BLED, SLOVENIA —
Slovenia’s President Borut Pahor was re-elected to a second term Sunday after winning a runoff election against a former comedian and mayor of a northern town.
Pahor, 54, a veteran politician known as the “King of Instagram” for his frequent use of social media, won 53 percent of the vote to challenger Marjan Sarec’s 47 percent, results from Slovenian election authorities showed after a completed preliminary count.
Pahor thanked voters and vowed to further boost their faith in democracy. He congratulated his opponent for his performance.
“I will be a president of all,” Pahor said. “I’ll bring people together and build on what brings us closer.”
Pahor is only the second Slovenian president to win a second term in office since the country gained independence from the former Yugoslavia in 1991. The country of 2 million people in Central Europe is the birthplace of U.S. first lady Melania Trump and known for its Alpine mountains and lakes.
A former model like the U.S. first lady, he has held a number of public posts and was Slovenia’s prime minister before he first was elected president in 2012.
Sarec was a well-known satirical comedian before entering politics in 2010 to run for mayor in Kanik. He conceded defeat and congratulated Pahor on Sunday night, but said his success as a relative political newcomer showed Slovenian citizens wanted change.
“I’m proud to have had a possibility to run against the premiere league,” Sarec said at his headquarters in Kanik. “My result is good. It speaks for itself.”
Analysts had warned that Sarec’s ability to make it into the runoff showed Slovenians’ discontent with established politicians. Critics accused Pahor of avoiding taking stands on important issues.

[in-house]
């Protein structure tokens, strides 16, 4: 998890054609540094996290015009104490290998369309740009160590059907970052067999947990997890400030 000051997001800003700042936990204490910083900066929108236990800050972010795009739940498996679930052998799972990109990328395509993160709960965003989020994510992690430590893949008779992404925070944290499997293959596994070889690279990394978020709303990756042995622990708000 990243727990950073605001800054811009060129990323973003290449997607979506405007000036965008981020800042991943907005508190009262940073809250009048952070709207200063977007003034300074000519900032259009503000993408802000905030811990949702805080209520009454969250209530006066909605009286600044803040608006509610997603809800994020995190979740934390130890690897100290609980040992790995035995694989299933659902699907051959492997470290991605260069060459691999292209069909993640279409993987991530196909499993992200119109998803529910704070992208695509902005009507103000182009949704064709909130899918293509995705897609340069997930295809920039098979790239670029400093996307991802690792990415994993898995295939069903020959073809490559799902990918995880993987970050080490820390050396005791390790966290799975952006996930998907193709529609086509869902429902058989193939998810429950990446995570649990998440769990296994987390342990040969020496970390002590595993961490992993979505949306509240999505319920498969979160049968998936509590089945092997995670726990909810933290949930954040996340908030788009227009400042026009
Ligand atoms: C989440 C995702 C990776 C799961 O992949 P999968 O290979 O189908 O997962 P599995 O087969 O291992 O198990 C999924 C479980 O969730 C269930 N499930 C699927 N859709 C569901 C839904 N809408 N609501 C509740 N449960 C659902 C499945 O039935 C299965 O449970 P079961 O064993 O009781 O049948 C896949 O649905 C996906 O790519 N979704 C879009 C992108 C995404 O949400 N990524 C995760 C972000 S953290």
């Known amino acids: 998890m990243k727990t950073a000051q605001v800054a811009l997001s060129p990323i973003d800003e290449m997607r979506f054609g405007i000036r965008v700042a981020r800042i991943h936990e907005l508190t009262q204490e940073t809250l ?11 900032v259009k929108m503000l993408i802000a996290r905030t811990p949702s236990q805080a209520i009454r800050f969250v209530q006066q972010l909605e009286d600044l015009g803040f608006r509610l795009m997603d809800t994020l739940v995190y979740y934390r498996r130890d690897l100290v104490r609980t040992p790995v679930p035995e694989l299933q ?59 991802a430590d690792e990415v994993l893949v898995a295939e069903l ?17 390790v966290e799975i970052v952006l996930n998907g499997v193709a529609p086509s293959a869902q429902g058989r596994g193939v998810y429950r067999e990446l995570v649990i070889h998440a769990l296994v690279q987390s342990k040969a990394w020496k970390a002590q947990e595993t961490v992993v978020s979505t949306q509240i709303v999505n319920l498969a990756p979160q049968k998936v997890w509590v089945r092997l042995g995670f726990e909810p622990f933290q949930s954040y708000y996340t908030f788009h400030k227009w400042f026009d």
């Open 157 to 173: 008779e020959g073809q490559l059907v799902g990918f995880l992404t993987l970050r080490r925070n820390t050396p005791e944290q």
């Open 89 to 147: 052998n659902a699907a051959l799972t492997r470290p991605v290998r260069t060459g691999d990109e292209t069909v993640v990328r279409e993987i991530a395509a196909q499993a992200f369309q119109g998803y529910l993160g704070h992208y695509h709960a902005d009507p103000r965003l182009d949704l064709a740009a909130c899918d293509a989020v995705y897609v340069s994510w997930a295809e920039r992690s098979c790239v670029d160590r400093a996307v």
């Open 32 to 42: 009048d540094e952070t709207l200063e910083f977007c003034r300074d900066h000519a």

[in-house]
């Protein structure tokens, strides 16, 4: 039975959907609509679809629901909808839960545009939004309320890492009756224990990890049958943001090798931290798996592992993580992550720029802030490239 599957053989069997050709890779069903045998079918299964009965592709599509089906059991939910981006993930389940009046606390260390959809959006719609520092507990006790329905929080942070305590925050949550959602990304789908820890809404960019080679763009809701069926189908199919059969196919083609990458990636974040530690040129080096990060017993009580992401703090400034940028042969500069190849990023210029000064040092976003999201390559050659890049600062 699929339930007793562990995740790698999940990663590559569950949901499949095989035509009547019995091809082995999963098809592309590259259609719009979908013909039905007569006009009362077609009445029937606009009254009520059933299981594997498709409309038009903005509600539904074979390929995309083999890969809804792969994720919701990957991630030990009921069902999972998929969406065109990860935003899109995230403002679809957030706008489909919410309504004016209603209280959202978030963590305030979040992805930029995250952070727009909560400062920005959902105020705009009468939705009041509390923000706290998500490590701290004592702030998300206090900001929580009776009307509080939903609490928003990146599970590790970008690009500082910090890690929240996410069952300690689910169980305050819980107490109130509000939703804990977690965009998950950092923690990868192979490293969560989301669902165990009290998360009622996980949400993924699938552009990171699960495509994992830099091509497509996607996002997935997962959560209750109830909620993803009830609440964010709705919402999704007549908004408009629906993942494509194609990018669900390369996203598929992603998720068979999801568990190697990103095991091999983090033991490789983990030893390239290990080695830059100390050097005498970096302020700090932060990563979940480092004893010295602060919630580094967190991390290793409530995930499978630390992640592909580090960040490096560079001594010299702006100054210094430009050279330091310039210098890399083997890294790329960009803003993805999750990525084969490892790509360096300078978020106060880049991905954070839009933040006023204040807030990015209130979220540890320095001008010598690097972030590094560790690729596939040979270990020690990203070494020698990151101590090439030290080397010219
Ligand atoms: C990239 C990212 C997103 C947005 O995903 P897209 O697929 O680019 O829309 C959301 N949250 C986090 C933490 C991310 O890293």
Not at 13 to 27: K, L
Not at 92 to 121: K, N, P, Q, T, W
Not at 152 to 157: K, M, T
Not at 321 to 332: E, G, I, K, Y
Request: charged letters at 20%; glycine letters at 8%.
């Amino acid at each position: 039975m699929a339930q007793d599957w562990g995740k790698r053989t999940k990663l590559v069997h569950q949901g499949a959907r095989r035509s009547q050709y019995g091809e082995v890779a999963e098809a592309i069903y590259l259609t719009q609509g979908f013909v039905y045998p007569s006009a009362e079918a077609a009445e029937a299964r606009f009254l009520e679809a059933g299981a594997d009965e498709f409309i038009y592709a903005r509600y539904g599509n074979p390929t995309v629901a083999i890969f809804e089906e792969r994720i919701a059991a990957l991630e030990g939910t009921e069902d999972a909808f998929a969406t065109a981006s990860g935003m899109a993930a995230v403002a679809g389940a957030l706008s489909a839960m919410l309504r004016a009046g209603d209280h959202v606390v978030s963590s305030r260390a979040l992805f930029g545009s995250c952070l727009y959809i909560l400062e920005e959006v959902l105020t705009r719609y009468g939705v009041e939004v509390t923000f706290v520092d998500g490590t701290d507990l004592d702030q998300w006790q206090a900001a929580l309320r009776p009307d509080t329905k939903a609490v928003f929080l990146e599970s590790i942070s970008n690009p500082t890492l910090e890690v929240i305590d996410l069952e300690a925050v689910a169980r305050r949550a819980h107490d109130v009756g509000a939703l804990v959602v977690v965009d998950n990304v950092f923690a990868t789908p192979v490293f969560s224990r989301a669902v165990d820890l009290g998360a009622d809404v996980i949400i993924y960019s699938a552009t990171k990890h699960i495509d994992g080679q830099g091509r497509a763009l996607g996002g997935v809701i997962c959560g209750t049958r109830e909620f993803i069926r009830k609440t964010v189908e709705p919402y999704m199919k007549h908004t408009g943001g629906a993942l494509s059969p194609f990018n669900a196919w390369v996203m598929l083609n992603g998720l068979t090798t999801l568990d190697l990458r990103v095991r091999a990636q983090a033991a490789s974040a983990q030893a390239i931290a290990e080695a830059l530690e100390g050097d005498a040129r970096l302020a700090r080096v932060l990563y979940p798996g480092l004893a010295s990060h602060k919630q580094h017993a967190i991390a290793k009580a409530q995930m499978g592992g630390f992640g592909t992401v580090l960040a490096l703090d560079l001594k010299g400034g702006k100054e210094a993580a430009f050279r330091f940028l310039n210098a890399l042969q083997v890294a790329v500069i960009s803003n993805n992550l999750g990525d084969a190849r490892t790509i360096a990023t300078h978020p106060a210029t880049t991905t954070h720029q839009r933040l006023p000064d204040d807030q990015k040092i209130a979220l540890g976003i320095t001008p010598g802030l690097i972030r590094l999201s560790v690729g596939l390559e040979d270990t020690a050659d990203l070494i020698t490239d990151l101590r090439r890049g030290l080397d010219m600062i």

Top issues: economy, border, EU
Key topics facing Slovenia include the economy, a border dispute with Croatia and the future of the European Union, which Slovenia joined in 2004.
Slovenia’s presidency carries no executive powers, but the office-holder proposes a prime minister and his or her opinion on important issues holds weight. Pahor and Sarec, while both centrists, clashed on issues such as the privatization of Slovenia’s biggest bank and the composition of the country’s anti-corruption body.
After voting Sunday, Pahor complained that he has been falsely viewed as a populist, which he says he is not, while Sarec was trying to assume the role of a “statesman.” Pahor suggested that the “change of roles” cost him public support.
In his victory speech, Pahor, who has sought to portray himself as a unifier president, also said that he will strive to help solve problems and bridge any divisions that might exist in the Slovenian society.